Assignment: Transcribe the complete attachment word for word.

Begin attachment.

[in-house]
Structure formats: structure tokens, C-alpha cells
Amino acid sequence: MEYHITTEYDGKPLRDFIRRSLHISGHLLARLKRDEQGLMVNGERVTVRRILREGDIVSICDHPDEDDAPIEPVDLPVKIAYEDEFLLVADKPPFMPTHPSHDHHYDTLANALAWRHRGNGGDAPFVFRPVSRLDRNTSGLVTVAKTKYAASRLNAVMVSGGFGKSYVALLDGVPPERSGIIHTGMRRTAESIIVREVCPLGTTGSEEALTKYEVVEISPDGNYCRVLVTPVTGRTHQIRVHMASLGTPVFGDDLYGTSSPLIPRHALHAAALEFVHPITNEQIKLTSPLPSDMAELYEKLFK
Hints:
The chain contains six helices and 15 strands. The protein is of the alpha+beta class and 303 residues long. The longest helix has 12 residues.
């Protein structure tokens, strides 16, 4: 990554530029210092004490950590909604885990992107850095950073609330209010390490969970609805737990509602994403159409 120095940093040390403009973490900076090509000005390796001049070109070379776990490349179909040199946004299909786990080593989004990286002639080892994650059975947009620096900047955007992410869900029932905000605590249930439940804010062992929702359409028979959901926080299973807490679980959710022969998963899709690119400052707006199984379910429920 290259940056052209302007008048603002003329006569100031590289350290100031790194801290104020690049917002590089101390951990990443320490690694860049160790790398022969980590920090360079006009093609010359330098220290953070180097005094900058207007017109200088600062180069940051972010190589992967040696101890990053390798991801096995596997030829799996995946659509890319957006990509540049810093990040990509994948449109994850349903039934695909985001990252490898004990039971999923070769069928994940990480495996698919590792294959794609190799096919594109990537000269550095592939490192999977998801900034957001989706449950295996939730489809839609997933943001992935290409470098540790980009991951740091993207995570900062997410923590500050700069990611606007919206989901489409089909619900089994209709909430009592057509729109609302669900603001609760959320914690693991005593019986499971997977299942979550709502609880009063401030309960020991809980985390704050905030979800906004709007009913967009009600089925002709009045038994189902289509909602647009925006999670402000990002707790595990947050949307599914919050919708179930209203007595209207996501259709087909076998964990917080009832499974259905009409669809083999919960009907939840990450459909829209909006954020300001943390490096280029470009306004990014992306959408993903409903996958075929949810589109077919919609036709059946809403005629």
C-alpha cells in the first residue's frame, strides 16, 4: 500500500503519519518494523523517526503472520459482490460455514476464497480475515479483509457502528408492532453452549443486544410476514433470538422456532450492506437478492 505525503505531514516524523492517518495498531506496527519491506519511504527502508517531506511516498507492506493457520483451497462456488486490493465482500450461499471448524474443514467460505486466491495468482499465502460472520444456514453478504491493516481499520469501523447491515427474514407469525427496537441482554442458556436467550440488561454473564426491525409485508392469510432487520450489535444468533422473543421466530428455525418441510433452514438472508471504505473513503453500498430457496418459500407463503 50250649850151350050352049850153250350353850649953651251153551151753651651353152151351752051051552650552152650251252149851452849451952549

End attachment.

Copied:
[in-house]
Structure formats: structure tokens, C-alpha cells
Amino acid sequence: MEYHITTEYDGKPLRDFIRRSLHISGHLLARLKRDEQGLMVNGERVTVRRILREGDIVSICDHPDEDDAPIEPVDLPVKIAYEDEFLLVADKPPFMPTHPSHDHHYDTLANALAWRHRGNGGDAPFVFRPVSRLDRNTSGLVTVAKTKYAASRLNAVMVSGGFGKSYVALLDGVPPERSGIIHTGMRRTAESIIVREVCPLGTTGSEEALTKYEVVEISPDGNYCRVLVTPVTGRTHQIRVHMASLGTPVFGDDLYGTSSPLIPRHALHAAALEFVHPITNEQIKLTSPLPSDMAELYEKLFK
Hints:
The chain contains six helices and 15 strands. The protein is of the alpha+beta class and 303 residues long. The longest helix has 12 residues.
């Protein structure tokens, strides 16, 4: 990554530029210092004490950590909604885990992107850095950073609330209010390490969970609805737990509602994403159409 120095940093040390403009973490900076090509000005390796001049070109070379776990490349179909040199946004299909786990080593989004990286002639080892994650059975947009620096900047955007992410869900029932905000605590249930439940804010062992929702359409028979959901926080299973807490679980959710022969998963899709690119400052707006199984379910429920 290259940056052209302007008048603002003329006569100031590289350290100031790194801290104020690049917002590089101390951990990443320490690694860049160790790398022969980590920090360079006009093609010359330098220290953070180097005094900058207007017109200088600062180069940051972010190589992967040696101890990053390798991801096995596997030829799996995946659509890319957006990509540049810093990040990509994948449109994850349903039934695909985001990252490898004990039971999923070769069928994940990480495996698919590792294959794609190799096919594109990537000269550095592939490192999977998801900034957001989706449950295996939730489809839609997933943001992935290409470098540790980009991951740091993207995570900062997410923590500050700069990611606007919206989901489409089909619900089994209709909430009592057509729109609302669900603001609760959320914690693991005593019986499971997977299942979550709502609880009063401030309960020991809980985390704050905030979800906004709007009913967009009600089925002709009045038994189902289509909602647009925006999670402000990002707790595990947050949307599914919050919708179930209203007595209207996501259709087909076998964990917080009832499974259905009409669809083999919960009907939840990450459909829209909006954020300001943390490096280029470009306004990014992306959408993903409903996958075929949810589109077919919609036709059946809403005629």
C-alpha cells in the first residue's frame, strides 16, 4: 500500500503519519518494523523517526503472520459482490460455514476464497480475515479483509457502528408492532453452549443486544410476514433470538422456532450492506437478492 505525503505531514516524523492517518495498531506496527519491506519511504527502508517531506511516498507492506493457520483451497462456488486490493465482500450461499471448524474443514467460505486466491495468482499465502460472520444456514453478504491493516481499520469501523447491515427474514407469525427496537441482554442458556436467550440488561454473564426491525409485508392469510432487520450489535444468533422473543421466530428455525418441510433452514438472508471504505473513503453500498430457496418459500407463503 50250649850151350050352049850153250350353850649953651251153551151753651651353152151351752051051552650552152650251252149851452849451952549